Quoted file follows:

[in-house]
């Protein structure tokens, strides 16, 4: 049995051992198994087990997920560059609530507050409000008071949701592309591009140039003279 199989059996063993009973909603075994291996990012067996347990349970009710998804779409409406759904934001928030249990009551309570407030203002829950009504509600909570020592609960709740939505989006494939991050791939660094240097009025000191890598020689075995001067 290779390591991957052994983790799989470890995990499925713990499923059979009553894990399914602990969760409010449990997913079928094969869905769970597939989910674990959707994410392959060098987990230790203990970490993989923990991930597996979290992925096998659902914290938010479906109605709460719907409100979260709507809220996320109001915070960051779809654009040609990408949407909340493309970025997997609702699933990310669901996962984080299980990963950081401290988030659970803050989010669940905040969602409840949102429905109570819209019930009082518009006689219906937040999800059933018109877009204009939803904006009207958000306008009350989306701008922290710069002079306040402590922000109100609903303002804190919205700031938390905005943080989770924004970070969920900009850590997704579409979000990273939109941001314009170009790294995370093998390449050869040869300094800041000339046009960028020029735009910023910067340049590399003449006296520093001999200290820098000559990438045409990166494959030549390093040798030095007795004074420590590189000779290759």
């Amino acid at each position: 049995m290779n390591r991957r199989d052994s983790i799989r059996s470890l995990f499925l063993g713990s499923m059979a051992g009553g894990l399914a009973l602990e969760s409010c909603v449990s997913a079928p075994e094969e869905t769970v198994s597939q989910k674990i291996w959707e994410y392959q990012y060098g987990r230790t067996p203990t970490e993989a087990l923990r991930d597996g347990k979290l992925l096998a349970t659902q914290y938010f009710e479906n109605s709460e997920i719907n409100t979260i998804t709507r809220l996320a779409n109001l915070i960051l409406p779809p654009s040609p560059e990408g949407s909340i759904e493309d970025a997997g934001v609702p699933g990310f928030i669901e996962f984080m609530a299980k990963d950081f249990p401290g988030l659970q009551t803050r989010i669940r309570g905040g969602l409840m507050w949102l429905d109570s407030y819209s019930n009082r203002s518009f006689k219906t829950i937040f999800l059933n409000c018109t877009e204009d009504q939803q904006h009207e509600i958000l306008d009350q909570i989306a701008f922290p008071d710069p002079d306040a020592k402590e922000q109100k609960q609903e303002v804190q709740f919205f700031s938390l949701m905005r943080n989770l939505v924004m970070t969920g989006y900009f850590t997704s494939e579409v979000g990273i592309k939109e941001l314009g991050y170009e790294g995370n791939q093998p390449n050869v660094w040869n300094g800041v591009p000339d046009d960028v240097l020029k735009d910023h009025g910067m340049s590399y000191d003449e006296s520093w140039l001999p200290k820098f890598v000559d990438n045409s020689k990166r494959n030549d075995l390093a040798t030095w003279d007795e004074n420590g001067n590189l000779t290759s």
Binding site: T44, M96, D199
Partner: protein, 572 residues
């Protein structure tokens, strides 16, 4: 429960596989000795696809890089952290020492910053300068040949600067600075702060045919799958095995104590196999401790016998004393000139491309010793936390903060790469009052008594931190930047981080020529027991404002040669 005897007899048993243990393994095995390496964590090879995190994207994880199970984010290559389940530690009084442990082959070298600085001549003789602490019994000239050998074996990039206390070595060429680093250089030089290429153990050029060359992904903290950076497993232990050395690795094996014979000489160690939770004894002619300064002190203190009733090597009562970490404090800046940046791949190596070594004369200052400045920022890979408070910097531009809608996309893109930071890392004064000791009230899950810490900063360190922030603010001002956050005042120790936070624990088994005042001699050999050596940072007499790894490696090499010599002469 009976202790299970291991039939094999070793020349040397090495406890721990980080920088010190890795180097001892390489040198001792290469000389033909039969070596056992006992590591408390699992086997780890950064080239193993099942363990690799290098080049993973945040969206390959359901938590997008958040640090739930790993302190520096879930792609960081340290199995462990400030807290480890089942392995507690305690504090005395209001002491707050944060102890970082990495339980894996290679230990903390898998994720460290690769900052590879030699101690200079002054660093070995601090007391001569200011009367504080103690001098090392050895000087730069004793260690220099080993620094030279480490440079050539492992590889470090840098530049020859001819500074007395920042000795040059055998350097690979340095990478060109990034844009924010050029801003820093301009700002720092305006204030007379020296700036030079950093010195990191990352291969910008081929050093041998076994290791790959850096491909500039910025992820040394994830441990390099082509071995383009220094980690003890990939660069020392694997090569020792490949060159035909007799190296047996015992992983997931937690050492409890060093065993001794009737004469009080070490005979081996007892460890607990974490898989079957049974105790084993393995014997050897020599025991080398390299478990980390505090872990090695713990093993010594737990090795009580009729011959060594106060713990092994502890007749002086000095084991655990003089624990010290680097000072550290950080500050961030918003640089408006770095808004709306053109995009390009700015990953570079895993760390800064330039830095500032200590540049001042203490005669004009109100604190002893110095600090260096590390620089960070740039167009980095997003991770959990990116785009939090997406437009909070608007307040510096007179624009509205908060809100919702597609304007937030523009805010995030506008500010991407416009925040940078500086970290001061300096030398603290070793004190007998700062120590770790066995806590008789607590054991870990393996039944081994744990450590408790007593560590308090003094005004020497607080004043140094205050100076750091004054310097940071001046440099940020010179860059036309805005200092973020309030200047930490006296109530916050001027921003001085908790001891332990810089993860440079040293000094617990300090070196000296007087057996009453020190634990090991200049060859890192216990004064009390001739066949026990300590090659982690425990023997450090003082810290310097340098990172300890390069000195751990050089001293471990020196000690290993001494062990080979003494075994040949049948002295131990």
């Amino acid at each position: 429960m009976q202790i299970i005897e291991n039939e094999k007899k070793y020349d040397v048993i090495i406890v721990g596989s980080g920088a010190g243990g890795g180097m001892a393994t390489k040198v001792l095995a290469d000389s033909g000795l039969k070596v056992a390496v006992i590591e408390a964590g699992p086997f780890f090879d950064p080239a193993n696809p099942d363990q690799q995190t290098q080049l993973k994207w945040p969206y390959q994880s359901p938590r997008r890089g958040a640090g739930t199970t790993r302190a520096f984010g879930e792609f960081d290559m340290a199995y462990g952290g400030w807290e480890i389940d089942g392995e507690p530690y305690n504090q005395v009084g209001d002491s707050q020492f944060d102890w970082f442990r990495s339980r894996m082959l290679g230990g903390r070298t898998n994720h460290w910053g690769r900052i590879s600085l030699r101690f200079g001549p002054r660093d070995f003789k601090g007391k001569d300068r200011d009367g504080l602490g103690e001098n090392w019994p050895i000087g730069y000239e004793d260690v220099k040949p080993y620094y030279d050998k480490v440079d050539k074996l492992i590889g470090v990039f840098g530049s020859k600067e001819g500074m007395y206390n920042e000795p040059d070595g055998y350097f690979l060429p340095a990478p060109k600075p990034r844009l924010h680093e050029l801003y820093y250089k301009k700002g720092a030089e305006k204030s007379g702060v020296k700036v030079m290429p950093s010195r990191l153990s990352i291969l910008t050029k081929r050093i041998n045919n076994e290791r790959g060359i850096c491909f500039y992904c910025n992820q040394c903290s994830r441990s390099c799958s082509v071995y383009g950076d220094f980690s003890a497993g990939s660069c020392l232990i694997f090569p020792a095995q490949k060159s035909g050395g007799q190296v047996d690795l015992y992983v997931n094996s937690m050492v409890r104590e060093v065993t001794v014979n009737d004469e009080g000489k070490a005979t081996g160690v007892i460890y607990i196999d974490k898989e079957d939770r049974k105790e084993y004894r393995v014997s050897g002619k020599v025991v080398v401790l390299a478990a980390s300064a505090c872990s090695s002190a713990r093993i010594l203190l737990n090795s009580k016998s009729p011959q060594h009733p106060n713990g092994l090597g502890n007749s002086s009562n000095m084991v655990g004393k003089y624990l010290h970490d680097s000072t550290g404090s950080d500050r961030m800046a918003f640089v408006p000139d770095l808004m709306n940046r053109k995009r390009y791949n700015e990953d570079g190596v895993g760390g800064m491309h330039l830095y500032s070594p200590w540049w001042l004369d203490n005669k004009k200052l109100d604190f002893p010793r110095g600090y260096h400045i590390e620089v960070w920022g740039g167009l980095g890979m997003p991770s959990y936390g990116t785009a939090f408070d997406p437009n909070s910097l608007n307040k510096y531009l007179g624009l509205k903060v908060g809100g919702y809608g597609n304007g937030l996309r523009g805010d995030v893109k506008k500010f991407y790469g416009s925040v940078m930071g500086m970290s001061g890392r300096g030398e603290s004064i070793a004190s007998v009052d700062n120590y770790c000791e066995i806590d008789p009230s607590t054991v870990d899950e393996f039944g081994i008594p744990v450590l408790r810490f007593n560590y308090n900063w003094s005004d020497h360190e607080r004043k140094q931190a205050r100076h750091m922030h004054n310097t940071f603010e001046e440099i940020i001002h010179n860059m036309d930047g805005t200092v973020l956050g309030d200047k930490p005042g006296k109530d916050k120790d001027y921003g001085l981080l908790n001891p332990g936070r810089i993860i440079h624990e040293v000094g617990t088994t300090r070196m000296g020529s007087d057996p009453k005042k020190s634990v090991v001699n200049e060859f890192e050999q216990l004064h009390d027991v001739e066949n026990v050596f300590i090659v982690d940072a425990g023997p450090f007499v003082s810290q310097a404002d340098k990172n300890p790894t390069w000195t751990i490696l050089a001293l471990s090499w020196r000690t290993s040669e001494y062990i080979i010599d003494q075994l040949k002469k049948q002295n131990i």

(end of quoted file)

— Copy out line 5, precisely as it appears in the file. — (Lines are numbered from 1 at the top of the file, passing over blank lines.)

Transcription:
Partner: protein, 572 residues